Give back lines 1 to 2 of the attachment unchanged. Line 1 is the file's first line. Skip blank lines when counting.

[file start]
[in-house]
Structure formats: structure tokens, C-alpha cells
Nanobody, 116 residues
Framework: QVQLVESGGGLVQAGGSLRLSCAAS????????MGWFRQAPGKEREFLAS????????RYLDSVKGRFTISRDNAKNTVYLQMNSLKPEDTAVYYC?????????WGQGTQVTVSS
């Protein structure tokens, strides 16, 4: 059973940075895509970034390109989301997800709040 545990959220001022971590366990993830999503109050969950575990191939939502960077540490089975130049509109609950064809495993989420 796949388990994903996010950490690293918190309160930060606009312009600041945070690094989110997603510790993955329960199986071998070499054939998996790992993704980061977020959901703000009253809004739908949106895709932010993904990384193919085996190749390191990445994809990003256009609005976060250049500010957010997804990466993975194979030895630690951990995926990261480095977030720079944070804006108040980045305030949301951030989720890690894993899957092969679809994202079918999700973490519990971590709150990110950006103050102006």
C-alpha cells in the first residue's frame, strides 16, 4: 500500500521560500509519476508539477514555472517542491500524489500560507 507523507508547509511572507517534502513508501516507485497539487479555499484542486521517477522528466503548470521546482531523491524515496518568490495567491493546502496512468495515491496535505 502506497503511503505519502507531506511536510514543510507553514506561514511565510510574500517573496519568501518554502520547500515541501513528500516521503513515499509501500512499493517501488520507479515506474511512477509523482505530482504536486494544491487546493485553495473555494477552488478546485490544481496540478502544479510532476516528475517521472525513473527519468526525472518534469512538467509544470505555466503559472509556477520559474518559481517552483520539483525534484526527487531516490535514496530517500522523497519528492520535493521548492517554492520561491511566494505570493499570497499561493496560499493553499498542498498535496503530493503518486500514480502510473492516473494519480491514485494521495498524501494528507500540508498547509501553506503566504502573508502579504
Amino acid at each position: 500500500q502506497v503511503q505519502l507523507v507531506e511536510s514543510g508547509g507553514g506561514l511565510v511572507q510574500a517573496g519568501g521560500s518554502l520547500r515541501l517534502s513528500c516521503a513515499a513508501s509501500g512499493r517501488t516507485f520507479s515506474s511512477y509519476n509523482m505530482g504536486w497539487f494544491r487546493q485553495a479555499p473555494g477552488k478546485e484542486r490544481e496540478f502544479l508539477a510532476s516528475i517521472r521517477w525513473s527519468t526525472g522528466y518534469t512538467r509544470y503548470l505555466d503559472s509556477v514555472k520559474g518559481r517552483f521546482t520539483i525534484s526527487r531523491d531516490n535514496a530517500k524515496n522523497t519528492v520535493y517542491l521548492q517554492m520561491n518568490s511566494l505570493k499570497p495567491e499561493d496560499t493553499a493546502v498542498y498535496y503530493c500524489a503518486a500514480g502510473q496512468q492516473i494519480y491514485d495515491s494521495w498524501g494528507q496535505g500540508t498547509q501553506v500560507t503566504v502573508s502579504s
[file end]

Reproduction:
[in-house]
Structure formats: structure tokens, C-alpha cells